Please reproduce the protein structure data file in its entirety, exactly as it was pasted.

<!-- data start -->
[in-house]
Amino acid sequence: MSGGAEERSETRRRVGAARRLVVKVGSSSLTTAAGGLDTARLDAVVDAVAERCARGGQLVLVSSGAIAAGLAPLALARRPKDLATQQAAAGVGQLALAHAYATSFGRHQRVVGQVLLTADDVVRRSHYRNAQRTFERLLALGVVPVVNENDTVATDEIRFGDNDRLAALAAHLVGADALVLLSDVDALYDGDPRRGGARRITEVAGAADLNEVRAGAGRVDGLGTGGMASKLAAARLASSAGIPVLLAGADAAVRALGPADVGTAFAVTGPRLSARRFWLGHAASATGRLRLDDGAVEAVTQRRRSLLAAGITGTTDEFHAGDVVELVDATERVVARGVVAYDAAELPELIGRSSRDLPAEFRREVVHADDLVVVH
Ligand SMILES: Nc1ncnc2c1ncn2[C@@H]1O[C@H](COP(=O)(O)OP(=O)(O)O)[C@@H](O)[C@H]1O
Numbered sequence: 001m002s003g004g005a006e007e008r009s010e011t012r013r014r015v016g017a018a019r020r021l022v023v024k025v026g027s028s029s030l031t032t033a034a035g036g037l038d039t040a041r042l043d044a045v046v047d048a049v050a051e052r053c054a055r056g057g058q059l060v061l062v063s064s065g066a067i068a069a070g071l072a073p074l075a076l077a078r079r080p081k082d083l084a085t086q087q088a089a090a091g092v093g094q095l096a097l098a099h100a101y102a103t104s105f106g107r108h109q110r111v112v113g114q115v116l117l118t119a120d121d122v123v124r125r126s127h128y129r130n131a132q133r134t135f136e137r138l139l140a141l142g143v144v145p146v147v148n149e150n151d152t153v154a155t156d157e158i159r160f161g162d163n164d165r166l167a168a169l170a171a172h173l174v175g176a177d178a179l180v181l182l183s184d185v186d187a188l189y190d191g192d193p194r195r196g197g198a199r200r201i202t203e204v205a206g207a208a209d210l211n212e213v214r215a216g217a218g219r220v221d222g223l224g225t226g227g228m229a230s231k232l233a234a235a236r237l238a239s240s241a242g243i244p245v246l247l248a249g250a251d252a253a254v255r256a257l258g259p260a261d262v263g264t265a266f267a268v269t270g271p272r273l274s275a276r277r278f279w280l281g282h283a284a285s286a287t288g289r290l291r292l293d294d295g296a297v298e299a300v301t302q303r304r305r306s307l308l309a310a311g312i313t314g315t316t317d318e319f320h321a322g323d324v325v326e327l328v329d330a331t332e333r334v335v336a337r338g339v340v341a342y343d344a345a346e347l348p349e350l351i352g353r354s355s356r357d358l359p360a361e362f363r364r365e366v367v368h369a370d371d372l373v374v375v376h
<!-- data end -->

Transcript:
[in-house]
Amino acid sequence: MSGGAEERSETRRRVGAARRLVVKVGSSSLTTAAGGLDTARLDAVVDAVAERCARGGQLVLVSSGAIAAGLAPLALARRPKDLATQQAAAGVGQLALAHAYATSFGRHQRVVGQVLLTADDVVRRSHYRNAQRTFERLLALGVVPVVNENDTVATDEIRFGDNDRLAALAAHLVGADALVLLSDVDALYDGDPRRGGARRITEVAGAADLNEVRAGAGRVDGLGTGGMASKLAAARLASSAGIPVLLAGADAAVRALGPADVGTAFAVTGPRLSARRFWLGHAASATGRLRLDDGAVEAVTQRRRSLLAAGITGTTDEFHAGDVVELVDATERVVARGVVAYDAAELPELIGRSSRDLPAEFRREVVHADDLVVVH
Ligand SMILES: Nc1ncnc2c1ncn2[C@@H]1O[C@H](COP(=O)(O)OP(=O)(O)O)[C@@H](O)[C@H]1O
Numbered sequence: 001m002s003g004g005a006e007e008r009s010e011t012r013r014r015v016g017a018a019r020r021l022v023v024k025v026g027s028s029s030l031t032t033a034a035g036g037l038d039t040a041r042l043d044a045v046v047d048a049v050a051e052r053c054a055r056g057g058q059l060v061l062v063s064s065g066a067i068a069a070g071l072a073p074l075a076l077a078r079r080p081k082d083l084a085t086q087q088a089a090a091g092v093g094q095l096a097l098a099h100a101y102a103t104s105f106g107r108h109q110r111v112v113g114q115v116l117l118t119a120d121d122v123v124r125r126s127h128y129r130n131a132q133r134t135f136e137r138l139l140a141l142g143v144v145p146v147v148n149e150n151d152t153v154a155t156d157e158i159r160f161g162d163n164d165r166l167a168a169l170a171a172h173l174v175g176a177d178a179l180v181l182l183s184d185v186d187a188l189y190d191g192d193p194r195r196g197g198a199r200r201i202t203e204v205a206g207a208a209d210l211n212e213v214r215a216g217a218g219r220v221d222g223l224g225t226g227g228m229a230s231k232l233a234a235a236r237l238a239s240s241a242g243i244p245v246l247l248a249g250a251d252a253a254v255r256a257l258g259p260a261d262v263g264t265a266f267a268v269t270g271p272r273l274s275a276r277r278f279w280l281g282h283a284a285s286a287t288g289r290l291r292l293d294d295g296a297v298e299a300v301t302q303r304r305r306s307l308l309a310a311g312i313t314g315t316t317d318e319f320h321a322g323d324v325v326e327l328v329d330a331t332e333r334v335v336a337r338g339v340v341a342y343d344a345a346e347l348p349e350l351i352g353r354s355s356r357d358l359p360a361e362f363r364r365e366v367v368h369a370d371d372l373v374v375v376h